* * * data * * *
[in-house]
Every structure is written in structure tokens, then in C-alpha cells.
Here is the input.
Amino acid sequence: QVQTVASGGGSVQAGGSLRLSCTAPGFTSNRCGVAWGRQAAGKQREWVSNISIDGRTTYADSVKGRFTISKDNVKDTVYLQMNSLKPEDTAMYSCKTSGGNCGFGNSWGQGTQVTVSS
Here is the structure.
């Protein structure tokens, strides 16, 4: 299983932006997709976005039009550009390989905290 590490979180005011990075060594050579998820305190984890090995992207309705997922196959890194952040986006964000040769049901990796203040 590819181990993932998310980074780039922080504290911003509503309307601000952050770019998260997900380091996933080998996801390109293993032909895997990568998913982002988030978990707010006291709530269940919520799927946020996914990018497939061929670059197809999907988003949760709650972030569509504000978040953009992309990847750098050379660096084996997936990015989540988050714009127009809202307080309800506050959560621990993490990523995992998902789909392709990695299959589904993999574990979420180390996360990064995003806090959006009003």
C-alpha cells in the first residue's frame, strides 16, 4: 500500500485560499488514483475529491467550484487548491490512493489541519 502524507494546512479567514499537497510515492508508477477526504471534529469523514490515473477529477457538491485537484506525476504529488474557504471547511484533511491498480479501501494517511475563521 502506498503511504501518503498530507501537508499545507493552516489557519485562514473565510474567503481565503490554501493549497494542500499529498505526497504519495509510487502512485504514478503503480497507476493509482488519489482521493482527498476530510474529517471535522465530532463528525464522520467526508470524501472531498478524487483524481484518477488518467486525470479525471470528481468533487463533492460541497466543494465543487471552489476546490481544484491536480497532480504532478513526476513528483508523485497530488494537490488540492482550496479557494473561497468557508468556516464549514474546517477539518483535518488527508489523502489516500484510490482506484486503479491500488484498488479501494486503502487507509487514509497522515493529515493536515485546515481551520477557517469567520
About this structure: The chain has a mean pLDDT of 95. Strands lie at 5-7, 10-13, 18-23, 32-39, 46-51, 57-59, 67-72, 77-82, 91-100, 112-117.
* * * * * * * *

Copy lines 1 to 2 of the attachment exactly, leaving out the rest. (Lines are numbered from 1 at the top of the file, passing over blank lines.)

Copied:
[in-house]
Every structure is written in structure tokens, then in C-alpha cells.